Oregon State University logo


Girls on the Run has received generous support from the OSU Women's Giving Circle

Girls on the Run has received generous support from the OSU Women's Giving Circle

“Remember, you’re going to go at your pace. This is your run,” announced Amy Lee as 75 girls and their “sole mates” eagerly cued up at the start line of the 5K walk/run. Sixth grader Sabrina Simpson was among them, with her volunteer running buddy Shirley Shaw. “She’s a really good runner, but she went at my pace and encouraged me,” recalls Sabrina. “She kept saying ‘You can do it! You can do it!’ and I did!” Shirley says, “It’s fun to pass on my love of running to Sabrina. It’s great to see that much energy, enthusiasm, and dedication starting early with the girls.”

The event was the culmination of the 10-week Girls on the Run, a twice a week after-school program for third through eighth grade girls that uses the power of running to help prepare girls for a lifetime of self-respect and healthy living. “It’s designed to empower them with greater self-awareness, a sense of achievement, and the foundation to become strong, contented, and self-confident young women who can make healthy choices about their behaviors,” explains Amy ’06, assistant director of the program. Girls on the Run is a new addition to the college’s well-known KidSpirit program. Each practice has a different lesson — healthy body image, self-esteem, nutrition, teamwork, community service, being thankful.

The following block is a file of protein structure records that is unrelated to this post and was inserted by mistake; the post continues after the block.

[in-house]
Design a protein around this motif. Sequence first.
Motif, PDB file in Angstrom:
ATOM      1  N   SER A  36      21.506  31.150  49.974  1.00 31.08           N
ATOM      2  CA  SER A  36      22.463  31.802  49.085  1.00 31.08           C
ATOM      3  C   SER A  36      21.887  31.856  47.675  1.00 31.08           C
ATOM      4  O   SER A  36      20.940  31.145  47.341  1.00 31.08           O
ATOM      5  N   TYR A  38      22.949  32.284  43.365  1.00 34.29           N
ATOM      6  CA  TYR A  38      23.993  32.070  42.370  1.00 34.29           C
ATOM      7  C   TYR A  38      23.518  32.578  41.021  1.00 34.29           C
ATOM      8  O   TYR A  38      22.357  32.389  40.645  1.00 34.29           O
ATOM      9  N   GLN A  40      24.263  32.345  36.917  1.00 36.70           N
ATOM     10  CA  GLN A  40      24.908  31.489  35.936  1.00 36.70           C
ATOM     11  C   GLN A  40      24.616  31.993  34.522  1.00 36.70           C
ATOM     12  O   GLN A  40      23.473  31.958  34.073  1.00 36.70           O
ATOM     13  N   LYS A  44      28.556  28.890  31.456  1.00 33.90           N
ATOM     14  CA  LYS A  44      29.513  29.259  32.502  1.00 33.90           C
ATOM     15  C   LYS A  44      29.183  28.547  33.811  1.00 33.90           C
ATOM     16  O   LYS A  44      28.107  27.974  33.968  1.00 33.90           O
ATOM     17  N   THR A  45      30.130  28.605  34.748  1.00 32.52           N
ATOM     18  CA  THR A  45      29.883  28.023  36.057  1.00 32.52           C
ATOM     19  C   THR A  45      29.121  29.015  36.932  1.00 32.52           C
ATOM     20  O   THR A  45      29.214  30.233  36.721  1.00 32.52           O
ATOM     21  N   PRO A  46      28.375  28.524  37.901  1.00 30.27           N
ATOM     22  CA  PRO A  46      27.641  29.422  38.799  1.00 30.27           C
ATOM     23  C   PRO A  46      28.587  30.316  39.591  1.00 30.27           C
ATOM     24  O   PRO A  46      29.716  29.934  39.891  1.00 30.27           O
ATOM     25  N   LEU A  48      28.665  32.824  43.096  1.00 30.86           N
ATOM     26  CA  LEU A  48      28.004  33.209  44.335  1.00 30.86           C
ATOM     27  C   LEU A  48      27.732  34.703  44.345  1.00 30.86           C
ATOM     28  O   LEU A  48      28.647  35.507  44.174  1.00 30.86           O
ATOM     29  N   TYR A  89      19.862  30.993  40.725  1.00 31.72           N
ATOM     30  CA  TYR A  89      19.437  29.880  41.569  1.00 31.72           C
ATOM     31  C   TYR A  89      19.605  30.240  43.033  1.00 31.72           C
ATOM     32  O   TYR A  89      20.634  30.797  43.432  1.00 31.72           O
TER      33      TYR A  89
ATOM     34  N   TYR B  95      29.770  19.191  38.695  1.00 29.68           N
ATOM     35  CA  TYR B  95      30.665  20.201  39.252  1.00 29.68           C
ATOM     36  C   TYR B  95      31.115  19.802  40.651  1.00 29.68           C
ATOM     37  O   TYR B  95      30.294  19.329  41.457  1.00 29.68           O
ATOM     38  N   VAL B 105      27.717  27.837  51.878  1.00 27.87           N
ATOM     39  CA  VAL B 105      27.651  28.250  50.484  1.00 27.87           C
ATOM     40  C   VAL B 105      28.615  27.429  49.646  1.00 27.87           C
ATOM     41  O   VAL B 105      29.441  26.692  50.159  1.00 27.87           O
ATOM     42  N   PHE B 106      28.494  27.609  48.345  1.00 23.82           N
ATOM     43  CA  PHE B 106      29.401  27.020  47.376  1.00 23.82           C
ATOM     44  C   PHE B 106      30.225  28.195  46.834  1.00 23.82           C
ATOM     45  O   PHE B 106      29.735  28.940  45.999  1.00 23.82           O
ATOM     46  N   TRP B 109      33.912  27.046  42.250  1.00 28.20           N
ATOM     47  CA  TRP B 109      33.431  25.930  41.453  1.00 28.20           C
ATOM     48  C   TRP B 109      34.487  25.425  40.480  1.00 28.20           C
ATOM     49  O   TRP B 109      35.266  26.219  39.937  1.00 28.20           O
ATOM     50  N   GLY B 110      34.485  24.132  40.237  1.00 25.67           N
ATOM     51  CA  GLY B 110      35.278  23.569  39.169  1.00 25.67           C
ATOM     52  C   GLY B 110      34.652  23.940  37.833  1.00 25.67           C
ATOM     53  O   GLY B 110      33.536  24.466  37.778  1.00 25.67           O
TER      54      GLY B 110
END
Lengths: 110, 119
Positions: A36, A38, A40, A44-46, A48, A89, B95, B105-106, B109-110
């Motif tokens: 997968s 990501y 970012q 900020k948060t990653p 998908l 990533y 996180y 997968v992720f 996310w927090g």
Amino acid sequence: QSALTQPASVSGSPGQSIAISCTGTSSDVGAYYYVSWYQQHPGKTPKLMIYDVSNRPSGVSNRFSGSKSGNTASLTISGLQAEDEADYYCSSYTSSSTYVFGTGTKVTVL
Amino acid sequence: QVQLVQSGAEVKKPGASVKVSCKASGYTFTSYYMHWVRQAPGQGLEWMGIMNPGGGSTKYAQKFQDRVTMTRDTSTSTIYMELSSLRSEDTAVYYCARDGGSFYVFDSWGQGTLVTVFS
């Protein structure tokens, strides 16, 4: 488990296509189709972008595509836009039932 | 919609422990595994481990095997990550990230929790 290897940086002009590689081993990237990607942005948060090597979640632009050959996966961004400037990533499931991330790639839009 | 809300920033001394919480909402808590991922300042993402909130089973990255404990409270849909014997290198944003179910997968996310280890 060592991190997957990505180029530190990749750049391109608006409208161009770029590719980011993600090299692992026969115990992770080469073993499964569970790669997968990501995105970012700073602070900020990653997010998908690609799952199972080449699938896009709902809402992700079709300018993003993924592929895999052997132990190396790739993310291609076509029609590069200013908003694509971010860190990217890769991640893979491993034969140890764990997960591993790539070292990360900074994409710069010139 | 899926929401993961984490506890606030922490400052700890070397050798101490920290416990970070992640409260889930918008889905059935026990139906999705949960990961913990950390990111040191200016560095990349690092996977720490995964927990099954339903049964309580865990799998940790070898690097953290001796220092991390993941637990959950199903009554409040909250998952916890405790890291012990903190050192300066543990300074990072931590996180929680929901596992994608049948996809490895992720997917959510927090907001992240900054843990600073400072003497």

“I learned how to be a good friend and how to make choices like not drinking or smoking,” says Sabrina. “It was really fun getting to know girls from different schools… we became friends.” An added benefit for Sabrina was the physical training that improved her stamina on the soccer field. She is one of 105 local third to eighth graders who have participated in Girls on the Run since it began in March.

Girls on the Run International was designed by Molly Barker, a mother of two who coined the phrase “Girl Box” — that space where even confident girls start thinking they don’t measure up and begin to value their outward appearance more than their character. This often causes low self-esteem and a distorted body image that can lead to eating disorders, substance abuse, and teen pregnancy. Girls in the program use this expression to remind their friends to “Get out of the Girl Box!”

To learn more about Girls on the Run Willamette Valley, visit kidspirit.oregonstate.edu/GOTR
To learn more about the Girls on the Run International, visit www.girlsontherun.org